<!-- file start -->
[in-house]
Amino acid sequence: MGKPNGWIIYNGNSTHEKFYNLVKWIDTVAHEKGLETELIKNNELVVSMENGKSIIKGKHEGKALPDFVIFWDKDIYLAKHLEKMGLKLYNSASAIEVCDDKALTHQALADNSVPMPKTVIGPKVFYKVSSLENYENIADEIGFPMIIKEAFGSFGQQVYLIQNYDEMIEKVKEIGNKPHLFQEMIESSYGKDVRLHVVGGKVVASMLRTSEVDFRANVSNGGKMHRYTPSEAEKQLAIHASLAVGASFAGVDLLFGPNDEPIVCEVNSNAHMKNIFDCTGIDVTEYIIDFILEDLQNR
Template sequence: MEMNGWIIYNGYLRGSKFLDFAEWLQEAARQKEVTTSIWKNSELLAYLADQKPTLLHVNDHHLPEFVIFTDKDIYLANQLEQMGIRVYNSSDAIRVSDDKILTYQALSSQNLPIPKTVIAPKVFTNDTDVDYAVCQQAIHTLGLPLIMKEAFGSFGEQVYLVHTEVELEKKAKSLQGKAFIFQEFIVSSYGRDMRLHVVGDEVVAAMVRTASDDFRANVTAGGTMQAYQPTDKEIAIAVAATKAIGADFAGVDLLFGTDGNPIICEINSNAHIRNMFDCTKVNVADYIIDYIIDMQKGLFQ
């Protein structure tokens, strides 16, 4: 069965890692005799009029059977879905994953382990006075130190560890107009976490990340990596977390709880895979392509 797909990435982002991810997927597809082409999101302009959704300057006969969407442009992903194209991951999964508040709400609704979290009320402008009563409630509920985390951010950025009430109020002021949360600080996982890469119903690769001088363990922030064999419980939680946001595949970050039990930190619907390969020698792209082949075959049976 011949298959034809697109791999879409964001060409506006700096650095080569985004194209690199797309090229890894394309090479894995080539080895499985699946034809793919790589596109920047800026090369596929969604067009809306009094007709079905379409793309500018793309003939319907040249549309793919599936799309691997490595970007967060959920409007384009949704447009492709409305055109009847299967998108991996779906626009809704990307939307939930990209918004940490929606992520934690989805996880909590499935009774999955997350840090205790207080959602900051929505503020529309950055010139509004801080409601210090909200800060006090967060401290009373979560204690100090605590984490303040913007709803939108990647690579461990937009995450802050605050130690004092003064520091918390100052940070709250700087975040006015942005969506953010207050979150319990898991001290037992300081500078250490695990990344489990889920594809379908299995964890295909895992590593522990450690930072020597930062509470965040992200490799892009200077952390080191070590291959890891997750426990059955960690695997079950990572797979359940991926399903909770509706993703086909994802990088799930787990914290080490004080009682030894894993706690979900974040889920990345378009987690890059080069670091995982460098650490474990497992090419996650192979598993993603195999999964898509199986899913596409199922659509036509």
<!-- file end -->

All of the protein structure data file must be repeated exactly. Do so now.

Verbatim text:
[in-house]
Amino acid sequence: MGKPNGWIIYNGNSTHEKFYNLVKWIDTVAHEKGLETELIKNNELVVSMENGKSIIKGKHEGKALPDFVIFWDKDIYLAKHLEKMGLKLYNSASAIEVCDDKALTHQALADNSVPMPKTVIGPKVFYKVSSLENYENIADEIGFPMIIKEAFGSFGQQVYLIQNYDEMIEKVKEIGNKPHLFQEMIESSYGKDVRLHVVGGKVVASMLRTSEVDFRANVSNGGKMHRYTPSEAEKQLAIHASLAVGASFAGVDLLFGPNDEPIVCEVNSNAHMKNIFDCTGIDVTEYIIDFILEDLQNR
Template sequence: MEMNGWIIYNGYLRGSKFLDFAEWLQEAARQKEVTTSIWKNSELLAYLADQKPTLLHVNDHHLPEFVIFTDKDIYLANQLEQMGIRVYNSSDAIRVSDDKILTYQALSSQNLPIPKTVIAPKVFTNDTDVDYAVCQQAIHTLGLPLIMKEAFGSFGEQVYLVHTEVELEKKAKSLQGKAFIFQEFIVSSYGRDMRLHVVGDEVVAAMVRTASDDFRANVTAGGTMQAYQPTDKEIAIAVAATKAIGADFAGVDLLFGTDGNPIICEINSNAHIRNMFDCTKVNVADYIIDYIIDMQKGLFQ
């Protein structure tokens, strides 16, 4: 069965890692005799009029059977879905994953382990006075130190560890107009976490990340990596977390709880895979392509 797909990435982002991810997927597809082409999101302009959704300057006969969407442009992903194209991951999964508040709400609704979290009320402008009563409630509920985390951010950025009430109020002021949360600080996982890469119903690769001088363990922030064999419980939680946001595949970050039990930190619907390969020698792209082949075959049976 011949298959034809697109791999879409964001060409506006700096650095080569985004194209690199797309090229890894394309090479894995080539080895499985699946034809793919790589596109920047800026090369596929969604067009809306009094007709079905379409793309500018793309003939319907040249549309793919599936799309691997490595970007967060959920409007384009949704447009492709409305055109009847299967998108991996779906626009809704990307939307939930990209918004940490929606992520934690989805996880909590499935009774999955997350840090205790207080959602900051929505503020529309950055010139509004801080409601210090909200800060006090967060401290009373979560204690100090605590984490303040913007709803939108990647690579461990937009995450802050605050130690004092003064520091918390100052940070709250700087975040006015942005969506953010207050979150319990898991001290037992300081500078250490695990990344489990889920594809379908299995964890295909895992590593522990450690930072020597930062509470965040992200490799892009200077952390080191070590291959890891997750426990059955960690695997079950990572797979359940991926399903909770509706993703086909994802990088799930787990914290080490004080009682030894894993706690979900974040889920990345378009987690890059080069670091995982460098650490474990497992090419996650192979598993993603195999999964898509199986899913596409199922659509036509």